Professor Aali J Sheen
Gallstones can cause pain when the gallbladder contracts against a gallstone or the gallstone is impacted in the neck of the gallbladder, this is called ‘biliary colic’. The pain experienced is typically in the upper part of the abdomen and can move to the right hand side as well as into the right side of the back and right shoulder tip. On consumption of rich or fatty food the pain can be more pronounced as the gallbladder has to release extra bile into the bowel and so will contract more often. On occasion the bile can be prevented from being secreted (passed) out of the gallbladder as a result of a stone blocking its passage and bacteria can then colonise/grow in the stagnant bile and cause an infection; this condition is called acute cholecystitis. Sometimes a small stone can pass down the ducts and cause blockage of bile from the liver itself into the bowel. When this happens one can become jaundiced and experience a condition called ‘cholangitis’. A stone in the duct can also occlude/block the pancreas duct from releasing pancreas juice as both the bile and pancreas ducts combine before they enter the bowel and this condition is called ‘acute pancreatitis’. Pancreatitis can be very serious and normally presents with severe abdominal pain and vomiting.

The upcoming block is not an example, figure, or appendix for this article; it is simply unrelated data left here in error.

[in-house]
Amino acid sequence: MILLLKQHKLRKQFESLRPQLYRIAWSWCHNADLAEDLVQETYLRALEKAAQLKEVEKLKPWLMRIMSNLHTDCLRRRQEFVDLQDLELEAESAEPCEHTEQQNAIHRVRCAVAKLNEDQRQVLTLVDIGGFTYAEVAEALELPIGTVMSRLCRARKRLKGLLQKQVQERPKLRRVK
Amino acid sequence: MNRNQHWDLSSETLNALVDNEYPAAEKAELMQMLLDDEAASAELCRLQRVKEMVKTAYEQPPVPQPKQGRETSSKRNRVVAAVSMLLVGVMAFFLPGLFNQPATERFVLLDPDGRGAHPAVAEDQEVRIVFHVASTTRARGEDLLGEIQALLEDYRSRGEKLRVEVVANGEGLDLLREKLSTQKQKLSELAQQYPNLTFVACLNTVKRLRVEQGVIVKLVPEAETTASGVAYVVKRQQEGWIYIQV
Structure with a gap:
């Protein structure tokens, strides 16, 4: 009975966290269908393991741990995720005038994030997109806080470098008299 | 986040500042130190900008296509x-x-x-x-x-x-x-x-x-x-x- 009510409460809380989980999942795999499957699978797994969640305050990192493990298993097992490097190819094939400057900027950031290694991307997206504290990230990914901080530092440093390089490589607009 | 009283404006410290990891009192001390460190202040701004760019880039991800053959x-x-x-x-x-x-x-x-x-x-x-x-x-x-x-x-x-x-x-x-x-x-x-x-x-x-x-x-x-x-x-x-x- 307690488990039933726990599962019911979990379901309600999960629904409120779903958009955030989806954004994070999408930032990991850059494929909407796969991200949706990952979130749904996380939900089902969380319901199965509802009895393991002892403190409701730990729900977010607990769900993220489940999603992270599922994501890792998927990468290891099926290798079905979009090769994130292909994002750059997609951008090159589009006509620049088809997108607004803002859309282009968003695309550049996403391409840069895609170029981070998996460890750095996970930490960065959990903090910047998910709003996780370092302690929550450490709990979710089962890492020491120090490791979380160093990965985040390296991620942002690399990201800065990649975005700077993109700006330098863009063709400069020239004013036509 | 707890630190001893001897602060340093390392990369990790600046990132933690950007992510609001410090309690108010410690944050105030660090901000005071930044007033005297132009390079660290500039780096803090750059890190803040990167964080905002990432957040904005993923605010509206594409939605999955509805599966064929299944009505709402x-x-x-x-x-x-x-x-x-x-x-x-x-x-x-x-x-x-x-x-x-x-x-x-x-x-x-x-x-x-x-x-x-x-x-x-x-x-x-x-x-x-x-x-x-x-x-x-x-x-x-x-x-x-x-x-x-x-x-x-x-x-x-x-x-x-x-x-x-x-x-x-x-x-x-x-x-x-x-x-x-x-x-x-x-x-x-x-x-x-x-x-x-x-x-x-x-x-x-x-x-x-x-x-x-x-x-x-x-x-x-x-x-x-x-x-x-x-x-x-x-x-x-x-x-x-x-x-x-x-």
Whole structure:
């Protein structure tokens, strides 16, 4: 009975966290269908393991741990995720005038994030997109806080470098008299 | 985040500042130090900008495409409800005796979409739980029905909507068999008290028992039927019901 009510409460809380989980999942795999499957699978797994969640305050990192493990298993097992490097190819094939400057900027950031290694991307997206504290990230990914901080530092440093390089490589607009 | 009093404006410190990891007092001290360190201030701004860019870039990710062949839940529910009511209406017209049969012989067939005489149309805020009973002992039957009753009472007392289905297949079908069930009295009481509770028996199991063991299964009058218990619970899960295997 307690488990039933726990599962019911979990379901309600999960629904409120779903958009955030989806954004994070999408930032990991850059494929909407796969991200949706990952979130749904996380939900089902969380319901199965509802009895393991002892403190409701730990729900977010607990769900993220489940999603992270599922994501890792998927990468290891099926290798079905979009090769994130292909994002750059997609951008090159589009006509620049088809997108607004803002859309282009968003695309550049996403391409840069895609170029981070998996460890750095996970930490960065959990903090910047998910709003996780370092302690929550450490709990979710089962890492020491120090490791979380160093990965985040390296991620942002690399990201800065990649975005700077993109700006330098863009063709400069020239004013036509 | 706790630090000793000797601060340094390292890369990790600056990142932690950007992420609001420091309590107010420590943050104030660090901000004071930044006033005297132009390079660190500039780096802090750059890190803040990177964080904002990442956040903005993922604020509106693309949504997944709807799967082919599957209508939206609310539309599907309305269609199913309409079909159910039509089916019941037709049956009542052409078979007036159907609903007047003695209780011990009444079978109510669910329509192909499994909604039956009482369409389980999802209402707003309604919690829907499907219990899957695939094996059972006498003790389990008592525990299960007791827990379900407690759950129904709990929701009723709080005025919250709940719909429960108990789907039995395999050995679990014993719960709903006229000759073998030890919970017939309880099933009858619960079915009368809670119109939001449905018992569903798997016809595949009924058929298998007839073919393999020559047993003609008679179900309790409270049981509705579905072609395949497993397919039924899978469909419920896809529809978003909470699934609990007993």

Mr Neville Menezes
Incidentally detected gallstones in patients who are not symptomatic may be left alone. But if they are causing symptoms or presenting with complications one has to consider treatment. Gallstones can cause severe complications some of these have been mentioned here
Cholecystitis: Inflammation and infection of gallbladder.
Jaundice: Migration of stone from the gallbladder into the bile duct obstructing the flow of bile from the liver.
Pancreatitis: gallbladder stone having migrated into the bile duct causing obstruction of the pancreas duct and pancreatitis.
A gallbladder causing symptoms is like a warning sign before complications.